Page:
Sustainable travel. Easy tips to make the world a little better Since my visit to Sumatra I really realize what an impact we as people have on nature and the world around us, especially when traveling. In this section I discuss an aspect of sustainable travel every month and I highlight green and inspiring initiatives in the field of tourism. This time: 10 easy tips to go green on a trip. The first steps to a sustainable travel style A green lifestyle is often seen as difficult and expensive. Organic products cost more money than regular foods, and waste-free life requires a certain dedication. But does that also apply to green travel? Yes, it costs money to compensate your air travel and it is always a search for a hotel run by locals. Yet it does not have to be difficult to adopt a sustainable travel style, and you can even make the world a little better with a small budget. With the summer season approaching, I have put 10 easy tips for a greener travel style at a glance. They cost little money and little effort, but are a good step towards a green travel style and a better world. Pull all plugs out of their sockets at home when leaving Thinking green can be so simple ... Your house is full of electrical appliances that use power and energy during your absence. That is not only bad for the environment, but also for your wallet. Check this just before departure and pull out as many plugs as possible. In any case, of all devices that have a light on or the digital time is displayed, such as your television, alarm clock and the oven. Use a digital boarding pass By making optimal use of modern techniques you can save a lot of paper. For example, use a digital boarding pass or download the app from your airline company. You can also easily manage hotel reservations via your phone, for example with the Wallet for iPhone app. No more hassle with printers and packs of paper, but everything at hand via your smartphone. Check the conditions of your airline. There are of course also comparable apps for Android phones. Eat vegetarian in the airplane Meat is bad for the planet, and ideally we are all vegetarian. I do not see that happening that fast, but decreasing is already a step in the right direction. Choose, for example, to only eat really tasty meat, for example in a good restaurant or from an organic butcher. One of the places where you can certainly leave your meat is on the plane. These meals are not exactly gourmet delights, so a good reason to choose a meatless meal here. Please indicate your preference for a meal during the booking process. An additional advantage: you get your food first. Use as  less plastic as possible Limit the use of plastic. Particularly in the poorer countries plastic often ends up in nature or is burned along the roadside. It is certainly not good for nature at all, so try to contribute as little as possible as a tourist. Below I have put a few useful tips on a list. - Take a shopping bag with you - Use a LifestrawGo or other water bottle - Use your own earplugs on the plane - Take a blanket for yourself on the plane Leave soap, pens and note blocks where they are; in your ‘hotel room’ If you sleep in a luxury hotel, you can collect quite a few goodies. Care products, but also slippers, pens and note blocks: leave it as much as possible in the packaging and in the hotel, because it costs a lot of raw materials to make and transport everything. Have you used anything from the care products? Take the bottles home at the end of your stay, because half-empty bottles are often thrown away. Don’t take every day a clean towel Try to do a little longer with your towel in the hotel, because you can quickly fill a washing machine with the towels from one hotel room. In some hotels the reuse of a towel is happily encouraged and you even get a nice counterpart. For example, at the Qbic Hotel in London, I received a £ 5 voucher every day if my room was not cleaned that day. Another tip for the hotel: go in the shower instead of in the bath. And do not use the laundry at a large hotel, because often every garment is washed separately. It is also often cheaper to hand over your laundry at a local launderette. Photo by: Hans van der Broek , GreenAppeHoiAn, Bicycle Tours Rent a bicycle  instead of a scooter A scooter gives you the ultimate freedom on vacation, because you can drive to remote villages and beaches on your own. But a scooter is also pretty polluting and the noise can deter and drive away wild animals. Therefore, change the scooter for a bike and explore the area on your own. Is your holiday destination hilly and do you have to cover long distances? Then consider an e-bike or an electric scooter. Photo by Etienne Bossot: An Bang Beach, Hoi An, Vietnam. 'GreenappleHoian' Take some litter with you Are you going for a walk in a nature reserve? Kayaking? Snorkeling? Take the litter that is in nature and throw it away in the right way. Collect plastic bottles that people have carelessly thrown into the sea or a piece of the beach. You do not have to pick up the whole afternoon, but to pick up some is a small effort. Be critical on the souvenirs you buy Do not buy souvenirs made of tropical hardwood, coral, shells or animals. For example, in Vietnam you can buy bottles of whiskey with a scorpion, snake or other animal in the bottle. So look critically at the souvenirs you want to take home. Return leaflets, maps and brochures back When traveling, you regularly get a map or brochure printed in your hands. Imagine how many boxes of paper every day have to be towed to provide all tourists with information that is also just on the internet. Therefore, say as much as possible no to all the paperwork you receive, or return it at the end of your visit. Even better: download the museum's app or make sure you have the website open on your phone. Setting yourself a sustainable lifestyle is done in small steps and all the bits help. By: expeditieaardbol.nl https://www.whatsorb.com/category/travel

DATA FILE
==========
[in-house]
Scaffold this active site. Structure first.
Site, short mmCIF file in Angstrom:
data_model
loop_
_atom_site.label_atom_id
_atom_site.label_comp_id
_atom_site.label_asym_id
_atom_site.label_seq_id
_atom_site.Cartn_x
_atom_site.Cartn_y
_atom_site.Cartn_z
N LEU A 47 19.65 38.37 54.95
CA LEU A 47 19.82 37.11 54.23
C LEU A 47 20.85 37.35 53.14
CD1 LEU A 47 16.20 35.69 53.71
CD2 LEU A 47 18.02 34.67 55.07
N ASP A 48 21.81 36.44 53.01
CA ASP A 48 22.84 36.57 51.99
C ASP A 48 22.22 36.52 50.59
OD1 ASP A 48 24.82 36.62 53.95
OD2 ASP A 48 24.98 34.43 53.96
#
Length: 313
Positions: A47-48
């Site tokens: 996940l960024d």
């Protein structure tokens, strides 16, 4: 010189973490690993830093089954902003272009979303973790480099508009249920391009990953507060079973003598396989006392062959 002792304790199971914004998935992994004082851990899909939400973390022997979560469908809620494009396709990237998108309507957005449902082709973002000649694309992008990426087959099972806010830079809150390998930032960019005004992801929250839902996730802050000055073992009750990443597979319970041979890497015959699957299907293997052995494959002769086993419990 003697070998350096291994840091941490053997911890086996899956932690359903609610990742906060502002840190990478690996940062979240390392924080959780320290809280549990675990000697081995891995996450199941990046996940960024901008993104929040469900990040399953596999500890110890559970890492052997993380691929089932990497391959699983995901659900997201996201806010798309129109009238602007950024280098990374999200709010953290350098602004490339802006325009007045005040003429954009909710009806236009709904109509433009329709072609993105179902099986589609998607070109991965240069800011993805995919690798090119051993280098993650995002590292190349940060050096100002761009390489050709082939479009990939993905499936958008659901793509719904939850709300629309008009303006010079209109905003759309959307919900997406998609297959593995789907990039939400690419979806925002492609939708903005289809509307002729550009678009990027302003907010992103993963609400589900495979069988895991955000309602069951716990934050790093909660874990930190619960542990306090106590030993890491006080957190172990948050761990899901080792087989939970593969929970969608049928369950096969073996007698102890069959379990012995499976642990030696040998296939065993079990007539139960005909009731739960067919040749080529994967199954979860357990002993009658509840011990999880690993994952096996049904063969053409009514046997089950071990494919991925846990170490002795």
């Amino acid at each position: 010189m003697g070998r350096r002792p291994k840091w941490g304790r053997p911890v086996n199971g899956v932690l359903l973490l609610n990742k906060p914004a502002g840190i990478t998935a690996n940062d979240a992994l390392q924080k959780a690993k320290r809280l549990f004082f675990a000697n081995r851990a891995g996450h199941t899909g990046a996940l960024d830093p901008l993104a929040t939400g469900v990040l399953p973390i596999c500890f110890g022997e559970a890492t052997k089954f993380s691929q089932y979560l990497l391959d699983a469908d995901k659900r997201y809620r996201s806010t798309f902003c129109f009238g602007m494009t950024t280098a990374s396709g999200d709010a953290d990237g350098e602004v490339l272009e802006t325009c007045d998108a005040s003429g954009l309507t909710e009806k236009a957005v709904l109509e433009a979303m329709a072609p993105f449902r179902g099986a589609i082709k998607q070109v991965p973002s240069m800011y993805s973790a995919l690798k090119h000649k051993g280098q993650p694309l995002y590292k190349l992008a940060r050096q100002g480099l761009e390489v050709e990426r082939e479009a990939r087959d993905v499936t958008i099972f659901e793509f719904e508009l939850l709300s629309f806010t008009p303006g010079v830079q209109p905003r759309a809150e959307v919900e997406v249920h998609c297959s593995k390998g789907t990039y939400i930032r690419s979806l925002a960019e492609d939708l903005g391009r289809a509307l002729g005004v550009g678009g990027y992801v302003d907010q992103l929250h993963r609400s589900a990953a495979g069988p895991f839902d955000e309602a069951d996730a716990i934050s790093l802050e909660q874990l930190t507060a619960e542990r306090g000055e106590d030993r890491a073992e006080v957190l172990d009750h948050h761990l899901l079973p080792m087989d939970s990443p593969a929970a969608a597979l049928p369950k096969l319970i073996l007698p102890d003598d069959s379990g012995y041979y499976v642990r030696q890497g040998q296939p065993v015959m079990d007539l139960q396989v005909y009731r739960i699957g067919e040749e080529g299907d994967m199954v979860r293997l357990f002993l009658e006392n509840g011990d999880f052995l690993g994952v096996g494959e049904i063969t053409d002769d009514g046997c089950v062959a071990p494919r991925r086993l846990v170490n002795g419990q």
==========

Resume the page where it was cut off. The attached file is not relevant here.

Sustainable travel. Easy tips to make the world a little better Since my visit to Sumatra I really realize what an impact we as people have on nature and the world around us, especially when traveling. In this section I discuss an aspect of sustainable travel every month and I highlight green and inspiring initiatives in the field of tourism. This time: 10 easy tips to go green on a trip. The first steps to a sustainable travel style A green lifestyle is often seen as difficult and expensive. Organic products cost more money than regular foods, and waste-free life requires a certain dedication. But does that also apply to green travel? Yes, it costs money to compensate your air travel and it is always a search for a hotel run by locals. Yet it does not have to be difficult to adopt a sustainable travel style, and you can even make the world a little better with a small budget. With the summer season approaching, I have put 10 easy tips for a greener travel style at a glance. They cost little money and little effort, but are a good step towards a green travel style and a better world. Pull all plugs out of their sockets at home when leaving Thinking green can be so simple ... Your house is full of electrical appliances that use power and energy during your absence. That is not only bad for the environment, but also for your wallet. Check this just before departure and pull out as many plugs as possible. In any case, of all devices that have a light on or the digital time is displayed, such as your television, alarm clock and the oven. Use a digital boarding pass By making optimal use of modern techniques you can save a lot of paper. For example, use a digital boarding pass or download the app from your airline company. You can also easily manage hotel reservations via your phone, for example with the Wallet for iPhone app. No more hassle with printers and packs of paper, but everything at hand via your smartphone. Check the conditions of your airline. There are of course also comparable apps for Android phones. Eat vegetarian in the airplane Meat is bad for the planet, and ideally we are all vegetarian. I do not see that happening that fast, but decreasing is already a step in the right direction. Choose, for example, to only eat really tasty meat, for example in a good restaurant or from an organic butcher. One of the places where you can certainly leave your meat is on the plane. These meals are not exactly gourmet delights, so a good reason to choose a meatless meal here. Please indicate your preference for a meal during the booking process. An additional advantage: you get your food first. Use as  less plastic as possible Limit the use of plastic. Particularly in the poorer countries plastic often ends up in nature or is burned along the roadside. It is certainly not good for nature at all, so try to contribute as little as possible as a tourist. Below I have put a few useful tips on a list. - Take a shopping bag with you - Use a LifestrawGo or other water bottle - Use your own earplugs on the plane - Take a blanket for yourself on the plane Leave soap, pens and note blocks where they are; in your ‘hotel room’ If you sleep in a luxury hotel, you can collect quite a few goodies. Care products, but also slippers, pens and note blocks: leave it as much as possible in the packaging and in the hotel, because it costs a lot of raw materials to make and transport everything. Have you used anything from the care products? Take the bottles home at the end of your stay, because half-empty bottles are often thrown away. Don’t take every day a clean towel Try to do a little longer with your towel in the hotel, because you can quickly fill a washing machine with the towels from one hotel room. In some hotels the reuse of a towel is happily encouraged and you even get a nice counterpart. For example, at the Qbic Hotel in London, I received a £ 5 voucher every day if my room was not cleaned that day. Another tip for the hotel: go in the shower instead of in the bath. And do not use the laundry at a large hotel, because often every garment is washed separately. It is also often cheaper to hand over your laundry at a local launderette. Photo by: Hans van der Broek , GreenAppeHoiAn, Bicycle Tours Rent a bicycle  instead of a scooter A scooter gives you the ultimate freedom on vacation, because you can drive to remote villages and beaches on your own. But a scooter is also pretty polluting and the noise can deter and drive away wild animals. Therefore, change the scooter for a bike and explore the area on your own. Is your holiday destination hilly and do you have to cover long distances? Then consider an e-bike or an electric scooter. Photo by Etienne Bossot: An Bang Beach, Hoi An, Vietnam. 'GreenappleHoian' Take some litter with you Are you going for a walk in a nature reserve? Kayaking? Snorkeling? Take the litter that is in nature and throw it away in the right way. Collect plastic bottles that people have carelessly thrown into the sea or a piece of the beach. You do not have to pick up the whole afternoon, but to pick up some is a small effort. Be critical on the souvenirs you buy Do not buy souvenirs made of tropical hardwood, coral, shells or animals. For example, in Vietnam you can buy bottles of whiskey with a scorpion, snake or other animal in the bottle. So look critically at the souvenirs you want to take home. Return leaflets, maps and brochures back When traveling, you regularly get a map or brochure printed in your hands. Imagine how many boxes of paper every day have to be towed to provide all tourists with information that is also just on the internet. Therefore, say as much as possible no to all the paperwork you receive, or return it at the end of your visit. Even better: download the museum's app or make sure you have the website open on your phone. Setting yourself a sustainable lifestyle is done in small steps and all the bits help. By: expeditieaardbol.nl https://www.whatsorb.com/category/travel